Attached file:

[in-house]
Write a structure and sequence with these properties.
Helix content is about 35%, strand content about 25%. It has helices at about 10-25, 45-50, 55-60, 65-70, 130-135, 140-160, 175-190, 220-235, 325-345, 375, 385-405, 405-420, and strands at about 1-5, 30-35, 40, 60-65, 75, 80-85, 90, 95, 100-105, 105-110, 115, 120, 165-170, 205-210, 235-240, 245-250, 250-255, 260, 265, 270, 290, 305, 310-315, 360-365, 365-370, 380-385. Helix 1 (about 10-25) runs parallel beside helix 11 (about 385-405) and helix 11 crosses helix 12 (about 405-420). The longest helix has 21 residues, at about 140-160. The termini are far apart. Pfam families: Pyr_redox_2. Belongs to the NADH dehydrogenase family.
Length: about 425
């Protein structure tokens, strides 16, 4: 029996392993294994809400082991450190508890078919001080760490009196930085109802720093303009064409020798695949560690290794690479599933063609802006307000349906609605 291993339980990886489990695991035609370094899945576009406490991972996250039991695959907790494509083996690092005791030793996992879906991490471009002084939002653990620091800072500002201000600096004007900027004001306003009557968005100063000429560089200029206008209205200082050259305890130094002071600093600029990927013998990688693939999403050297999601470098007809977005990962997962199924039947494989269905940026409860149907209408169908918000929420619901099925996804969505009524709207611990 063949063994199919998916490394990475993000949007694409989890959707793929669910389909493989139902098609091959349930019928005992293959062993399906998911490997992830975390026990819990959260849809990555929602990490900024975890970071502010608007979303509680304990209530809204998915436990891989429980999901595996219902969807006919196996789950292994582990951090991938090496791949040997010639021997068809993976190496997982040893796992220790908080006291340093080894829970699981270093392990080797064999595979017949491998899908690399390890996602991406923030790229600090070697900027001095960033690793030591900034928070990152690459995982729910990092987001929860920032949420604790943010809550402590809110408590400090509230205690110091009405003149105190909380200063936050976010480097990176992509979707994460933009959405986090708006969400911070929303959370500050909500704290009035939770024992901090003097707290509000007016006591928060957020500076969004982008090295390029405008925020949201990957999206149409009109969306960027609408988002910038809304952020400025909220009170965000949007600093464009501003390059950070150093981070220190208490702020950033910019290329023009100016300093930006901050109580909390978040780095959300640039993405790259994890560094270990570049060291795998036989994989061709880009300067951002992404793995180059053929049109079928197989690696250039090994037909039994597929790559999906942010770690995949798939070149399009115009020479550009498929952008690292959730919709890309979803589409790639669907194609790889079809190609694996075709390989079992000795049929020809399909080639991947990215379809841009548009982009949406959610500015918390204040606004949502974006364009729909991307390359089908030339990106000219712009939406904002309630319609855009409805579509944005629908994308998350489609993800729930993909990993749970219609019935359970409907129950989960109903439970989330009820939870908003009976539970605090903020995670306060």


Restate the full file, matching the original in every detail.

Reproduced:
[in-house]
Write a structure and sequence with these properties.
Helix content is about 35%, strand content about 25%. It has helices at about 10-25, 45-50, 55-60, 65-70, 130-135, 140-160, 175-190, 220-235, 325-345, 375, 385-405, 405-420, and strands at about 1-5, 30-35, 40, 60-65, 75, 80-85, 90, 95, 100-105, 105-110, 115, 120, 165-170, 205-210, 235-240, 245-250, 250-255, 260, 265, 270, 290, 305, 310-315, 360-365, 365-370, 380-385. Helix 1 (about 10-25) runs parallel beside helix 11 (about 385-405) and helix 11 crosses helix 12 (about 405-420). The longest helix has 21 residues, at about 140-160. The termini are far apart. Pfam families: Pyr_redox_2. Belongs to the NADH dehydrogenase family.
Length: about 425
């Protein structure tokens, strides 16, 4: 029996392993294994809400082991450190508890078919001080760490009196930085109802720093303009064409020798695949560690290794690479599933063609802006307000349906609605 291993339980990886489990695991035609370094899945576009406490991972996250039991695959907790494509083996690092005791030793996992879906991490471009002084939002653990620091800072500002201000600096004007900027004001306003009557968005100063000429560089200029206008209205200082050259305890130094002071600093600029990927013998990688693939999403050297999601470098007809977005990962997962199924039947494989269905940026409860149907209408169908918000929420619901099925996804969505009524709207611990 063949063994199919998916490394990475993000949007694409989890959707793929669910389909493989139902098609091959349930019928005992293959062993399906998911490997992830975390026990819990959260849809990555929602990490900024975890970071502010608007979303509680304990209530809204998915436990891989429980999901595996219902969807006919196996789950292994582990951090991938090496791949040997010639021997068809993976190496997982040893796992220790908080006291340093080894829970699981270093392990080797064999595979017949491998899908690399390890996602991406923030790229600090070697900027001095960033690793030591900034928070990152690459995982729910990092987001929860920032949420604790943010809550402590809110408590400090509230205690110091009405003149105190909380200063936050976010480097990176992509979707994460933009959405986090708006969400911070929303959370500050909500704290009035939770024992901090003097707290509000007016006591928060957020500076969004982008090295390029405008925020949201990957999206149409009109969306960027609408988002910038809304952020400025909220009170965000949007600093464009501003390059950070150093981070220190208490702020950033910019290329023009100016300093930006901050109580909390978040780095959300640039993405790259994890560094270990570049060291795998036989994989061709880009300067951002992404793995180059053929049109079928197989690696250039090994037909039994597929790559999906942010770690995949798939070149399009115009020479550009498929952008690292959730919709890309979803589409790639669907194609790889079809190609694996075709390989079992000795049929020809399909080639991947990215379809841009548009982009949406959610500015918390204040606004949502974006364009729909991307390359089908030339990106000219712009939406904002309630319609855009409805579509944005629908994308998350489609993800729930993909990993749970219609019935359970409907129950989960109903439970989330009820939870908003009976539970605090903020995670306060």